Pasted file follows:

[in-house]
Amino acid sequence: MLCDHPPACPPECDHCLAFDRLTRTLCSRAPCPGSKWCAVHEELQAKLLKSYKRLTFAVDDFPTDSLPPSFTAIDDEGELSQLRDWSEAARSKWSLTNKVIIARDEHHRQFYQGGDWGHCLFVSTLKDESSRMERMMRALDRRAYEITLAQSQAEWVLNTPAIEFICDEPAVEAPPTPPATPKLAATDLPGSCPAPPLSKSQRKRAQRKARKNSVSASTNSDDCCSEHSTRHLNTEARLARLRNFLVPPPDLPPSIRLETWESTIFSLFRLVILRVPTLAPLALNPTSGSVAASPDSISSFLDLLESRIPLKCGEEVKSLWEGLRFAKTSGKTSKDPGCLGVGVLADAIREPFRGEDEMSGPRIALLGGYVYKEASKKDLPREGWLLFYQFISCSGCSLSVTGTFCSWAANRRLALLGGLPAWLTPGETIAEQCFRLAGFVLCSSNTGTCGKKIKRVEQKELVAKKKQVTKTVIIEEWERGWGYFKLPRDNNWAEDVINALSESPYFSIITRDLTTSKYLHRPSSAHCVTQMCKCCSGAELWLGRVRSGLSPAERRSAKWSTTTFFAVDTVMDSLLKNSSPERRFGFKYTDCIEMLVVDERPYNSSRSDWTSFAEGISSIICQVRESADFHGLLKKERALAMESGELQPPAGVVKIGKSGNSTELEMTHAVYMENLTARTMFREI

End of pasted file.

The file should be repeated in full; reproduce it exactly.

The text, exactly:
[in-house]
Amino acid sequence: MLCDHPPACPPECDHCLAFDRLTRTLCSRAPCPGSKWCAVHEELQAKLLKSYKRLTFAVDDFPTDSLPPSFTAIDDEGELSQLRDWSEAARSKWSLTNKVIIARDEHHRQFYQGGDWGHCLFVSTLKDESSRMERMMRALDRRAYEITLAQSQAEWVLNTPAIEFICDEPAVEAPPTPPATPKLAATDLPGSCPAPPLSKSQRKRAQRKARKNSVSASTNSDDCCSEHSTRHLNTEARLARLRNFLVPPPDLPPSIRLETWESTIFSLFRLVILRVPTLAPLALNPTSGSVAASPDSISSFLDLLESRIPLKCGEEVKSLWEGLRFAKTSGKTSKDPGCLGVGVLADAIREPFRGEDEMSGPRIALLGGYVYKEASKKDLPREGWLLFYQFISCSGCSLSVTGTFCSWAANRRLALLGGLPAWLTPGETIAEQCFRLAGFVLCSSNTGTCGKKIKRVEQKELVAKKKQVTKTVIIEEWERGWGYFKLPRDNNWAEDVINALSESPYFSIITRDLTTSKYLHRPSSAHCVTQMCKCCSGAELWLGRVRSGLSPAERRSAKWSTTTFFAVDTVMDSLLKNSSPERRFGFKYTDCIEMLVVDERPYNSSRSDWTSFAEGISSIICQVRESADFHGLLKKERALAMESGELQPPAGVVKIGKSGNSTELEMTHAVYMENLTARTMFREI